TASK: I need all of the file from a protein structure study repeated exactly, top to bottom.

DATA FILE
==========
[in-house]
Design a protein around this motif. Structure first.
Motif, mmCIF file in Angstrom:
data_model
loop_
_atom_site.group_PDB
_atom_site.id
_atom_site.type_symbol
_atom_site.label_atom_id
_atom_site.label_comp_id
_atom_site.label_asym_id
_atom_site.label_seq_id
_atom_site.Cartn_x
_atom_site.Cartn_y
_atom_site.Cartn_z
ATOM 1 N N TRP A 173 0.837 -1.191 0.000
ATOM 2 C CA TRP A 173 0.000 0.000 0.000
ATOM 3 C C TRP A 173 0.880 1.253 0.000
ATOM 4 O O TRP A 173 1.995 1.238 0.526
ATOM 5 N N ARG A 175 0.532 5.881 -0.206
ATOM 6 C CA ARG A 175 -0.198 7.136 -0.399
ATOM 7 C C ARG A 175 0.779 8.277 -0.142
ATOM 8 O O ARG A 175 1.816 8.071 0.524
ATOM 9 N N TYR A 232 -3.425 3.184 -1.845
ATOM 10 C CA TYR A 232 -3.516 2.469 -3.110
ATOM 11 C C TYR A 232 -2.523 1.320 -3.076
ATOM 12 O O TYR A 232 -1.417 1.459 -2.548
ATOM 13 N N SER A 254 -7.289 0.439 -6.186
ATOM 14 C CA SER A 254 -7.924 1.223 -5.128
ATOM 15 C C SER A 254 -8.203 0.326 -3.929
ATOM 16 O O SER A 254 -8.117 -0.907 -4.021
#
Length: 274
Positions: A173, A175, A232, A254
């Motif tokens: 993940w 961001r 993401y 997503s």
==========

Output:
[in-house]
Design a protein around this motif. Structure first.
Motif, mmCIF file in Angstrom:
data_model
loop_
_atom_site.group_PDB
_atom_site.id
_atom_site.type_symbol
_atom_site.label_atom_id
_atom_site.label_comp_id
_atom_site.label_asym_id
_atom_site.label_seq_id
_atom_site.Cartn_x
_atom_site.Cartn_y
_atom_site.Cartn_z
ATOM 1 N N TRP A 173 0.837 -1.191 0.000
ATOM 2 C CA TRP A 173 0.000 0.000 0.000
ATOM 3 C C TRP A 173 0.880 1.253 0.000
ATOM 4 O O TRP A 173 1.995 1.238 0.526
ATOM 5 N N ARG A 175 0.532 5.881 -0.206
ATOM 6 C CA ARG A 175 -0.198 7.136 -0.399
ATOM 7 C C ARG A 175 0.779 8.277 -0.142
ATOM 8 O O ARG A 175 1.816 8.071 0.524
ATOM 9 N N TYR A 232 -3.425 3.184 -1.845
ATOM 10 C CA TYR A 232 -3.516 2.469 -3.110
ATOM 11 C C TYR A 232 -2.523 1.320 -3.076
ATOM 12 O O TYR A 232 -1.417 1.459 -2.548
ATOM 13 N N SER A 254 -7.289 0.439 -6.186
ATOM 14 C CA SER A 254 -7.924 1.223 -5.128
ATOM 15 C C SER A 254 -8.203 0.326 -3.929
ATOM 16 O O SER A 254 -8.117 -0.907 -4.021
#
Length: 274
Positions: A173, A175, A232, A254
């Motif tokens: 993940w 961001r 993401y 997503s």